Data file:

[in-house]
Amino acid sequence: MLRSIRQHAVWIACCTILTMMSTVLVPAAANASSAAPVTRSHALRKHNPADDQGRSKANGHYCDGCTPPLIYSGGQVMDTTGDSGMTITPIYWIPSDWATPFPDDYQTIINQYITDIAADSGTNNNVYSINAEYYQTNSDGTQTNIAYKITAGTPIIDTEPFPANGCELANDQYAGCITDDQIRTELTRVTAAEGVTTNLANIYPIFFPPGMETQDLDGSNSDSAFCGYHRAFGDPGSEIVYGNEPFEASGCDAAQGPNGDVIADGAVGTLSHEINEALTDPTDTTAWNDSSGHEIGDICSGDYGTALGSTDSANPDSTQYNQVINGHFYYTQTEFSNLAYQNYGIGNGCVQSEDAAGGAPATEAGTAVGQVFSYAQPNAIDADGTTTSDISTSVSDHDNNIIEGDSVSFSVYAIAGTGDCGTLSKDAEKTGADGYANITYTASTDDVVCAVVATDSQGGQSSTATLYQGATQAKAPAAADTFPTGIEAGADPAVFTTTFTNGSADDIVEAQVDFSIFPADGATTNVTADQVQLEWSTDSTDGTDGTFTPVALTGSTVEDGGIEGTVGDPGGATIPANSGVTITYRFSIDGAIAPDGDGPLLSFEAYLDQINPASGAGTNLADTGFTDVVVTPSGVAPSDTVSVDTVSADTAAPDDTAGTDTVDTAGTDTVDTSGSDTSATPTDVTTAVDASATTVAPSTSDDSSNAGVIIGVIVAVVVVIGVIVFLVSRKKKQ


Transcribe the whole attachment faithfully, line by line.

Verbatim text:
[in-house]
Amino acid sequence: MLRSIRQHAVWIACCTILTMMSTVLVPAAANASSAAPVTRSHALRKHNPADDQGRSKANGHYCDGCTPPLIYSGGQVMDTTGDSGMTITPIYWIPSDWATPFPDDYQTIINQYITDIAADSGTNNNVYSINAEYYQTNSDGTQTNIAYKITAGTPIIDTEPFPANGCELANDQYAGCITDDQIRTELTRVTAAEGVTTNLANIYPIFFPPGMETQDLDGSNSDSAFCGYHRAFGDPGSEIVYGNEPFEASGCDAAQGPNGDVIADGAVGTLSHEINEALTDPTDTTAWNDSSGHEIGDICSGDYGTALGSTDSANPDSTQYNQVINGHFYYTQTEFSNLAYQNYGIGNGCVQSEDAAGGAPATEAGTAVGQVFSYAQPNAIDADGTTTSDISTSVSDHDNNIIEGDSVSFSVYAIAGTGDCGTLSKDAEKTGADGYANITYTASTDDVVCAVVATDSQGGQSSTATLYQGATQAKAPAAADTFPTGIEAGADPAVFTTTFTNGSADDIVEAQVDFSIFPADGATTNVTADQVQLEWSTDSTDGTDGTFTPVALTGSTVEDGGIEGTVGDPGGATIPANSGVTITYRFSIDGAIAPDGDGPLLSFEAYLDQINPASGAGTNLADTGFTDVVVTPSGVAPSDTVSVDTVSADTAAPDDTAGTDTVDTAGTDTVDTSGSDTSATPTDVTTAVDASATTVAPSTSDDSSNAGVIIGVIVAVVVVIGVIVFLVSRKKKQ